If we’re going to put a letter in the envelope, we need to form the front of the envelope. We will again duplicate the “envelope back” layer, convert the rectangle to points, and instead of deleting points, add one in the middle of the top line. Bring that point to match the location of the tip of the flap. This layer will remain mostly unchanged. You should also parent it to the envelope back. This layer doesn’t need to animate on, and you should trim it in time to exist only after the trim paths have resolved for the layers that make up the envelope. You can just delete the trim paths from this layer entirely. This layer should also live above the envelope back but below the flap.
So we have an envelope that animates on and then opens up. Now we need a letter to come out of the envelope. We can again duplicate the envelope back so we don’t have to tweak any fills or strokes. And we may want to solo this layer as we’re working on it and rename it “letter” or something useful.
This layer is going to be the page that exits the envelope and flops over. However, this will only be one half of the flop. The bend that happens in the paper is made of two layers, and together they form the illusion that one piece of paper is flopping out of an envelope.
To make the first part of the flow we will first enlarge the rectangle path in the letter layer. Then we will add another rectangle path and convert that to a bezier path. We then make it taller and add points to the top to make the curve.
Then we will add a merge paths to these and set the merge method to “intersect,” so we will only see where the two paths overlap each other. After that, we can move the rectangle path up and down to reveal more or less of the curved path. We then set keyframes to make the rectangle change position and move all the way up the layer until only one line is visible at the top of the shape.
This layer should be between the envelope’s back and front. However, it also needs to be above the flap after the flap opens up. So you should split the flap layer (command+shift+d) and position the second flap behind the letter. You will need to time the letter’s emergence and animation to not intersect strangely with the flap.
You can create the second half of the flopping letter by duplicating and flipping the first letter and then time reversing its keyframes so the rectangle moves from revealing only a line at the top of the “paper” to the straight rectangle section. I recommend parenting the second paper to the first so when you keyframe the paper’s position, the two move together. Then, it’s a matter of lining up the timing so that as the paper appears to come out and flop over, it continues that motion in the second layer. You will need to alter the graph editor by easing their keyframes to give it a pleasing motion. But, once they’re lined up right, the trick is complete!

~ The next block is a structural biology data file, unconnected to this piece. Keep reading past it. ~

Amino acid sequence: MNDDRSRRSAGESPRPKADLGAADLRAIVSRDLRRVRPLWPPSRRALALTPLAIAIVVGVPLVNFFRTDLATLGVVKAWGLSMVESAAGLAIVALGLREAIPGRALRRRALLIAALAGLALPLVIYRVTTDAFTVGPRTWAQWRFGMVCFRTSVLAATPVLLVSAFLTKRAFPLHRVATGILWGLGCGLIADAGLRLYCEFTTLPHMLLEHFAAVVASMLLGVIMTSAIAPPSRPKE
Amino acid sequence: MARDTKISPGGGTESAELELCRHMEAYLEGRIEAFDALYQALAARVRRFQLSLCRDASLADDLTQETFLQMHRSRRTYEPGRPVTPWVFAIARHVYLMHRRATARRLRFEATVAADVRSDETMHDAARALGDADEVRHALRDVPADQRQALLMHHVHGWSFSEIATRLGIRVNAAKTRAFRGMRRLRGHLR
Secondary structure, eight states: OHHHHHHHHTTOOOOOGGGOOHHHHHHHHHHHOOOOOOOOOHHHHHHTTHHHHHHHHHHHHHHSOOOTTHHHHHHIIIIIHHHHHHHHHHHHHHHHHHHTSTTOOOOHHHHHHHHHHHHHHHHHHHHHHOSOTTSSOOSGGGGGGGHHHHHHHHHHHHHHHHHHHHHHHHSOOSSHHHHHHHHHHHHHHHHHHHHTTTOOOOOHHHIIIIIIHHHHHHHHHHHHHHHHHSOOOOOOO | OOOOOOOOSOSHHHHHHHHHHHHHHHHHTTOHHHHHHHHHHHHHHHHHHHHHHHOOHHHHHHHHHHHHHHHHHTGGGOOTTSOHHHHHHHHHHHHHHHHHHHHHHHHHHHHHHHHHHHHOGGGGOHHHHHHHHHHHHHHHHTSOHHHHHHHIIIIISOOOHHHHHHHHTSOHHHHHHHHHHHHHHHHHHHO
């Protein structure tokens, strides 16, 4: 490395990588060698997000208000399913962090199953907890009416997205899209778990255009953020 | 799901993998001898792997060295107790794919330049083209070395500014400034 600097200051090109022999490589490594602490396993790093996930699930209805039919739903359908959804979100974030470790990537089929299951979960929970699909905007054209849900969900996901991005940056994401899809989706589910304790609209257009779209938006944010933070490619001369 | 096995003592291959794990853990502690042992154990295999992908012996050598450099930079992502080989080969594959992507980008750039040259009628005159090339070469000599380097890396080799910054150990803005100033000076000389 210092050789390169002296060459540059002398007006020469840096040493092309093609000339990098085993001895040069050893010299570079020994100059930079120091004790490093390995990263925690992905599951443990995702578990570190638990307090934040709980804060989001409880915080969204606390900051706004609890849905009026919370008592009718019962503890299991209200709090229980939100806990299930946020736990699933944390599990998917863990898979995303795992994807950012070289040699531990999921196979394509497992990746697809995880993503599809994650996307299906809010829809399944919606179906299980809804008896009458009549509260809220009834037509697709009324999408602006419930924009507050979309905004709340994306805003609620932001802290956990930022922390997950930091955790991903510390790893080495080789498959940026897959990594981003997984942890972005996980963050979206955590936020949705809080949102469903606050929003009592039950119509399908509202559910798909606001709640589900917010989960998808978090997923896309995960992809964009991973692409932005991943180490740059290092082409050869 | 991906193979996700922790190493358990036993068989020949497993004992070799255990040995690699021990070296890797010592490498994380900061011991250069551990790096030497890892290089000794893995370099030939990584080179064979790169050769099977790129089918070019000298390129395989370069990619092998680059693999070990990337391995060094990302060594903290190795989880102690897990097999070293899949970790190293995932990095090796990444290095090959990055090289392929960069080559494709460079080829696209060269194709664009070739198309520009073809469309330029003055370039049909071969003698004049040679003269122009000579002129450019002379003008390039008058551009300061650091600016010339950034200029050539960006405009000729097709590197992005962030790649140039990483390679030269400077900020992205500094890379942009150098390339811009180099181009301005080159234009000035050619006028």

You will want the paper to change position to rise up a little as it flops. You can set keyframes for the position to make that happen. Just remember to ease your keyframes so it doesn’t look jerky.
The last thing to do is add some embellishments. Now that the whole piece is moving around and animating on as you would expect, I recommend putting a burst of some kind at the start when the write on of the circle and envelope end. You can make a burst using shape layers by animating a rectangle from size and position 0,0 out to size 0,55 and position 0,-375 over about 10 frames and ease the keyframes. In the middle of those keyframes, however, you’ll want the size to be 0,155 and position to be 0,170 — and set the middle keyframes to “auto bezier,” which you can do by holding alt and clicking the keyframe until it becomes a circle. Then go into the graph editor and change the influence handles of the first keyframes to 0%. This causes a nice burst on.
Then you just need to use the repeater to make an array of 6 of these changing their rotation to 60 degrees. I then duplicate a group containing all those rotating at 30 degrees and scaling it up. But then you have two different strokes from the scale. So you should remove the stroke from one of the groups and drag the other stroke below the two groups. This applies the stroke to the contents of the groups after transformation so it won’t deform the stroke at all. Next, you can set it to round, 10 pixels thick, and give it a dash of 20, a gap of 30, and a dash of 60 to complete the look. Line up this layer with the envelope’s completion, and it really calls attention to the frame. You may want to trim the layer down so you don’t need to see the first few frames and only get the exciting bits of the animation.
I highly recommend watching the video tutorial to get all the step-by-step nuances. And if you had trouble with the tutorial, download the project file and really dive in.
Do you have tips about line art animation? Share in the comments.